With just one project in his discography, the setlist at South Side featured an idiosyncratic edge that kept things familiar yet fresh. Though, considering Playboi Carti’s singular style, it wasn’t too difficult for the crowd to match the rhythm of the night. The performance had and unhinged vibe, but this dissonance was tempered by the soothing stasis of Carti’s instrumentals.
When it was time for his hit “Magnolia,” just three songs into the set, Carti propelled the crowd’s energy to new heights, and on the turn of a dime. The song incited athletic bursts of primal vigor, from both Carti and his audience. This was exactly what the kids had been waiting to hear, as they initiated their own series of rhythmic slams and random Milly Rocks just as Carti demanded.
Though Carti’s output has a primitive, basic composition and disregards formal structure, his real strengths lie in aesthetics like blunt smoking, lean drinking and pill popping. The production lacks nuance, but the full package channels a crystalline quality that’s impossible not to enjoy.
Carti jumped and hyped the crowd for the entire set. The crowd responded especially well when Carti took a step back and danced around with the rest of the room as the DJ spun bangers from his affiliates like ASAP Rocky’s “Flacko Jodye” and 21 Savage’s “Bank Account”.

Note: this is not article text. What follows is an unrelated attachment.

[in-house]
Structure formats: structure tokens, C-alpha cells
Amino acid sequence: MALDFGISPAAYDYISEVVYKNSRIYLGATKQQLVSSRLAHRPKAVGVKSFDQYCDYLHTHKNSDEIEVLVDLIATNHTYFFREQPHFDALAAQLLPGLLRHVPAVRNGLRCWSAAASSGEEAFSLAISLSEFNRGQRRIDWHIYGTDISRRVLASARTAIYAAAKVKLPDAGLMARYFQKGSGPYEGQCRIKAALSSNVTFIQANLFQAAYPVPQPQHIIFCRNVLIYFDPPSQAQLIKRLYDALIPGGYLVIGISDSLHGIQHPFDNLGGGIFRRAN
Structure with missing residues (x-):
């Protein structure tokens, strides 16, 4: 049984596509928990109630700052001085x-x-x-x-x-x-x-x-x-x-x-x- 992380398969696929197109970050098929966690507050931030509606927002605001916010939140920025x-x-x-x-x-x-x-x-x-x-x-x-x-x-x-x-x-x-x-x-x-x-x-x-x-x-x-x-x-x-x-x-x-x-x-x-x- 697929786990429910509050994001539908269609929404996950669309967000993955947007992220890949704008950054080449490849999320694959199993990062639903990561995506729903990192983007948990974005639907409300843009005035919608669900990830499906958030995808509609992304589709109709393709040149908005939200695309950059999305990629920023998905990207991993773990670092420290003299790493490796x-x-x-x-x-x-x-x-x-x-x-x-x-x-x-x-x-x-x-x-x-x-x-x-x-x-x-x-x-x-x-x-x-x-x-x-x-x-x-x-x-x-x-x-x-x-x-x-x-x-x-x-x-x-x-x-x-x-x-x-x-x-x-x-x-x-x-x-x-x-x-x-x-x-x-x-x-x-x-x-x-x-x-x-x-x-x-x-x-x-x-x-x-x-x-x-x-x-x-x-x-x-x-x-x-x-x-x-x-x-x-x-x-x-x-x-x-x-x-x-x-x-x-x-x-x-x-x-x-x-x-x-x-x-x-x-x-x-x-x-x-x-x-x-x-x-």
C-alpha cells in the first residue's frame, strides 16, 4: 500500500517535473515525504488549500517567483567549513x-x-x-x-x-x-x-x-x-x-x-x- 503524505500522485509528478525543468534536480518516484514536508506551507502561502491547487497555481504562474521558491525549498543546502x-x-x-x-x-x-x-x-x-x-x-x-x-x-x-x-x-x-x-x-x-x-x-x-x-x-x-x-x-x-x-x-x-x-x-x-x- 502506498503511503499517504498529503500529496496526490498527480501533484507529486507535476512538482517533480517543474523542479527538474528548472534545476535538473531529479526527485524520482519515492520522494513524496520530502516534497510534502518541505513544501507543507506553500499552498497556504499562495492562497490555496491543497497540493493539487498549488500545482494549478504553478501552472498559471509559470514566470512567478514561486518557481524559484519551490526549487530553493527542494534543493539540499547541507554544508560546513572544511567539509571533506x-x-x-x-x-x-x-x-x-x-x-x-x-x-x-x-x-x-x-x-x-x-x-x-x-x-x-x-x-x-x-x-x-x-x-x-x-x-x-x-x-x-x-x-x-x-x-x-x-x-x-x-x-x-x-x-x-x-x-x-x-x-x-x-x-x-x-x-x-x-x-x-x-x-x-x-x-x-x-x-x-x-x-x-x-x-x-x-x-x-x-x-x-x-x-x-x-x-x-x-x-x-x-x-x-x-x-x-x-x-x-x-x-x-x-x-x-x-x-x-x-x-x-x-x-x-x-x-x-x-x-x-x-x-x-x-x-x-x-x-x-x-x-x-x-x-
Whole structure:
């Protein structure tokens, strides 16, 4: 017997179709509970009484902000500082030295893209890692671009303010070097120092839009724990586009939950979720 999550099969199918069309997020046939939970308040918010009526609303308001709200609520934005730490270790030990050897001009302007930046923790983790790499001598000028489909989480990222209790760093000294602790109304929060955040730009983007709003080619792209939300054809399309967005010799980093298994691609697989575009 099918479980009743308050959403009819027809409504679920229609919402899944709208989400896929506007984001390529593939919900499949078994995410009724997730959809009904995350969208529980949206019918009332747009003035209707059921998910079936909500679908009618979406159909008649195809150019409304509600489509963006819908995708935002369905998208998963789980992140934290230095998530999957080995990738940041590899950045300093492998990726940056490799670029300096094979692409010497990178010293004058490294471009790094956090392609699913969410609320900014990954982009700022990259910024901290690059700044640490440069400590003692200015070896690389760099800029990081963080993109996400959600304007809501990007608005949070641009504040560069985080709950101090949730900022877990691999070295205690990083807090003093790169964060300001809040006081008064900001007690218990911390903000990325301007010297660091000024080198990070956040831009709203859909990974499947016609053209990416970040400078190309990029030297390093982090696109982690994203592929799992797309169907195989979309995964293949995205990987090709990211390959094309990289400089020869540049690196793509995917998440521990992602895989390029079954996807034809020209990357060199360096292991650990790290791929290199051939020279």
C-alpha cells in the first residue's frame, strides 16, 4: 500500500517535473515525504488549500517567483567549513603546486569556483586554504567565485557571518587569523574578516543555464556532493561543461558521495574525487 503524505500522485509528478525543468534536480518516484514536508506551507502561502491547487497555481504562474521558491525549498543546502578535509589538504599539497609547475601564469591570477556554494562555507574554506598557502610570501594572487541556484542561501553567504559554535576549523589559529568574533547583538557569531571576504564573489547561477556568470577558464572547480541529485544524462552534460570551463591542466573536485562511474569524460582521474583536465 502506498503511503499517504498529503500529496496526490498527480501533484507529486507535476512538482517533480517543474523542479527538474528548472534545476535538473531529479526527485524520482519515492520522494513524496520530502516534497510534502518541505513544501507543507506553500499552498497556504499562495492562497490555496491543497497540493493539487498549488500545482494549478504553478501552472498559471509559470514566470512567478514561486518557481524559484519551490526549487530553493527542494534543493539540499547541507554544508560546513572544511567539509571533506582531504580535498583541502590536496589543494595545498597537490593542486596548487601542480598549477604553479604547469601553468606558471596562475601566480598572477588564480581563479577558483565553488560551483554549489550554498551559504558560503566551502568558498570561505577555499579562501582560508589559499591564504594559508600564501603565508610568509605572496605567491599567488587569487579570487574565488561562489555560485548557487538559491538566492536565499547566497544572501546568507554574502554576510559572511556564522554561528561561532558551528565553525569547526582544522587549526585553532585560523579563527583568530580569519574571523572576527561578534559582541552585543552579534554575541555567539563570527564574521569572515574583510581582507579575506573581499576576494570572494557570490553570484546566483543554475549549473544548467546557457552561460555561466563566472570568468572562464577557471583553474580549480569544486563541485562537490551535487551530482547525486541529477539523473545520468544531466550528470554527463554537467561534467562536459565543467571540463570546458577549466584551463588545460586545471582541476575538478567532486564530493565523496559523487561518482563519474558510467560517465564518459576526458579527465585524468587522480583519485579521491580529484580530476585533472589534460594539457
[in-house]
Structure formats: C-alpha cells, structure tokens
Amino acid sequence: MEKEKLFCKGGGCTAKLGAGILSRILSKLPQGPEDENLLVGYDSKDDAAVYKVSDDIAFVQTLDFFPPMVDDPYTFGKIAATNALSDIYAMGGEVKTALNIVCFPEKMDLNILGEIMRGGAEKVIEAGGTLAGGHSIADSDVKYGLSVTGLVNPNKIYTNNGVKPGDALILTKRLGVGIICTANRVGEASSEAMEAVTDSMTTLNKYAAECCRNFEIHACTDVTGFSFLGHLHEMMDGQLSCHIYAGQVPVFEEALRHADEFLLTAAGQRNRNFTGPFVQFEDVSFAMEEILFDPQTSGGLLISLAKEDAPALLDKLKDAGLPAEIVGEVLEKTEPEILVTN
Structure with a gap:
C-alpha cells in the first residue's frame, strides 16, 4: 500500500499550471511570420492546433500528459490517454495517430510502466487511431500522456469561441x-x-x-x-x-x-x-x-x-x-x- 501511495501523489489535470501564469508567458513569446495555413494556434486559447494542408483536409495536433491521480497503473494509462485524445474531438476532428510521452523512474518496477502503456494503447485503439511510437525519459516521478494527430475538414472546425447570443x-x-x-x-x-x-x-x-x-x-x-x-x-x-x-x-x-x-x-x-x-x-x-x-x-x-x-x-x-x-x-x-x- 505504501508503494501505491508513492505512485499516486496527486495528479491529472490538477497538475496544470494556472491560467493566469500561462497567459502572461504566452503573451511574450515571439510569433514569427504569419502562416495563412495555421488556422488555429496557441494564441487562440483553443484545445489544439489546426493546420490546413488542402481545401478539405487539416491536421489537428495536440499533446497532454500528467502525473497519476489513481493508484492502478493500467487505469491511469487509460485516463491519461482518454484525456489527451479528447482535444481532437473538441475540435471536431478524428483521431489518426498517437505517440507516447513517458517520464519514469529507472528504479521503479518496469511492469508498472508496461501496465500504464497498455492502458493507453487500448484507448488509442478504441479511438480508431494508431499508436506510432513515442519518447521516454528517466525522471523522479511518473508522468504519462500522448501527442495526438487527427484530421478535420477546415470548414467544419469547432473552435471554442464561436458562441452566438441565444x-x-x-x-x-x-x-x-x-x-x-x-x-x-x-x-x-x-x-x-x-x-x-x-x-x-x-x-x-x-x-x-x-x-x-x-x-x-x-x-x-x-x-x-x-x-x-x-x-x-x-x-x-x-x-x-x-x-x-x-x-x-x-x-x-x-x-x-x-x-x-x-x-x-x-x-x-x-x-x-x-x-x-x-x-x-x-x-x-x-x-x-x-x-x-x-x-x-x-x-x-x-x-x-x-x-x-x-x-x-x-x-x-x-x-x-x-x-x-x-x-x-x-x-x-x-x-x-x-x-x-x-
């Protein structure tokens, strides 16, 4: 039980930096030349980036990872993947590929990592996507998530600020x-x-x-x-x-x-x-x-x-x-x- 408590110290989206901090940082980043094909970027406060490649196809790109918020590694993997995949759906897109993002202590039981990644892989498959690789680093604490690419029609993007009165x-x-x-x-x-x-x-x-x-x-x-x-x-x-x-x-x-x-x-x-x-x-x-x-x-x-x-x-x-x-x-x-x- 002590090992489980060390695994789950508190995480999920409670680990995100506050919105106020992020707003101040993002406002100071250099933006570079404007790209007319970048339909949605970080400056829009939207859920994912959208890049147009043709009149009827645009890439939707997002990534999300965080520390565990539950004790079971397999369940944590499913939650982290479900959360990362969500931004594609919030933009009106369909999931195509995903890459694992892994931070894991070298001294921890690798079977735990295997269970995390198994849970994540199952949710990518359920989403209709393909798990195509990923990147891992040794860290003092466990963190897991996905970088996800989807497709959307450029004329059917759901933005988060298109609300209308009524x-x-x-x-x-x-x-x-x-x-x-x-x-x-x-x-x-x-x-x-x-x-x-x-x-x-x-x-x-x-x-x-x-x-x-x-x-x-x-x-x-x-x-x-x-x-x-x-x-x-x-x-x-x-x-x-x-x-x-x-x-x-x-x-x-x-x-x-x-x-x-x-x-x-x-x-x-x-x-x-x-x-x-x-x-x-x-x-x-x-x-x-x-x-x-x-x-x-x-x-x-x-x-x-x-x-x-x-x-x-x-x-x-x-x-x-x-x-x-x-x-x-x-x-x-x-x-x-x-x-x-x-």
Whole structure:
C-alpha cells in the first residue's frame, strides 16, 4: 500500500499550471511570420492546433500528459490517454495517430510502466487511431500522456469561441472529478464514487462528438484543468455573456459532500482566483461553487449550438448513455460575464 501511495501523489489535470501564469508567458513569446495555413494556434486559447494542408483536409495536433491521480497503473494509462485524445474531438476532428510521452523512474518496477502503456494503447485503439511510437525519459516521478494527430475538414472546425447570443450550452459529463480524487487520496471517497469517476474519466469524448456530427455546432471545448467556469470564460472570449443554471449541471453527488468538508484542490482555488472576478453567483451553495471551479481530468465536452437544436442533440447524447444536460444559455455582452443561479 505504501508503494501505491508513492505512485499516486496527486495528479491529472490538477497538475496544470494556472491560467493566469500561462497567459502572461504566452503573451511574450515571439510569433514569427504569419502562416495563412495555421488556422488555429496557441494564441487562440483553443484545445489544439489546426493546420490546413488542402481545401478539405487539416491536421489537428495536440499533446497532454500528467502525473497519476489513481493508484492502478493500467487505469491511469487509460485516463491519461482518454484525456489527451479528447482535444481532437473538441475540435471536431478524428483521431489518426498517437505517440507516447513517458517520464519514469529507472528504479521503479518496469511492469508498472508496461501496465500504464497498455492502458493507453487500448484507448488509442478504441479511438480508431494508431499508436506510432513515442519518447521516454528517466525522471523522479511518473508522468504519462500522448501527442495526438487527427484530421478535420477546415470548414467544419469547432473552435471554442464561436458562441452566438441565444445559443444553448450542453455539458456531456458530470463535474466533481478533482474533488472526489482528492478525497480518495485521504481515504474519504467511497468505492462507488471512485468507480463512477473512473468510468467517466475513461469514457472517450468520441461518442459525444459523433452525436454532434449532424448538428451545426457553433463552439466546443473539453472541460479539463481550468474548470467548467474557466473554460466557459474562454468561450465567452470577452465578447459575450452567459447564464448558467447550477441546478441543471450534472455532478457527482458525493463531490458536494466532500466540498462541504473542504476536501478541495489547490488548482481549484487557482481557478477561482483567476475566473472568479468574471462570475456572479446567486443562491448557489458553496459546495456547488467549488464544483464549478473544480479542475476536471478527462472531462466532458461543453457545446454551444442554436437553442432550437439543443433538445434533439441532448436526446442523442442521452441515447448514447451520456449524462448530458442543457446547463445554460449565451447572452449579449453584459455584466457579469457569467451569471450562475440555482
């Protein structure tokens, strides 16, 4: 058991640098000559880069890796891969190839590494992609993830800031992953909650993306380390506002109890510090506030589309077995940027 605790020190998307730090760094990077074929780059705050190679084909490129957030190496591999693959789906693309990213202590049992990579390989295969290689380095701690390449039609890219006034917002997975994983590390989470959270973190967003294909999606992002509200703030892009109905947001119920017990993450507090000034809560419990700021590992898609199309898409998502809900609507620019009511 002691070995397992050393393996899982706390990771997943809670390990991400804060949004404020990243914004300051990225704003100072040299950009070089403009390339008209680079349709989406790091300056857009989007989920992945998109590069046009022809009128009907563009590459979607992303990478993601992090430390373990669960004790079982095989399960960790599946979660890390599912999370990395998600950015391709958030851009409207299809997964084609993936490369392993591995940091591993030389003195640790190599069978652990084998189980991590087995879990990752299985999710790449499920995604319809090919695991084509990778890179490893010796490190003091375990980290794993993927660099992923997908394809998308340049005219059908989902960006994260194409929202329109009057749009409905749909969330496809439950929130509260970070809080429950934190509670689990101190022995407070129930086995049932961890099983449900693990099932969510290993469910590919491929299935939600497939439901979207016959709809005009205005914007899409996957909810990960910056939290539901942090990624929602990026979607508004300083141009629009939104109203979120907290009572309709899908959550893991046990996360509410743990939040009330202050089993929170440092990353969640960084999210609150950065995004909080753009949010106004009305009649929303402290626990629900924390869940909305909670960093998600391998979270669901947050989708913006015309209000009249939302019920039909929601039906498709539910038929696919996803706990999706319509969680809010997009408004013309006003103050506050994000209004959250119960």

After a while, he switched back onto the forefront, constantly lobbying the crowd to open up a mosh pit. The crowd complied. And then he wrapped the night up with Lil Uzi Vert’s “Of Course We Ghetto Flowers” and few of his older tracks like “Broke Boi.”
It’s difficult to establish variation. But if you’re actively seeking nuance in the age of the Soundcloud rapper, you’re doing it wrong.
Playboi Carti isn’t winning listeners over with lyrical gymnastics or intricate flows but rather with effortless magnetism and an acute sense of how young folks consume music. It’s genius, quite frankly. The music doesn’t need substance, just a mood. Carti had that on lock right from the start.
All photos by Breanna Loose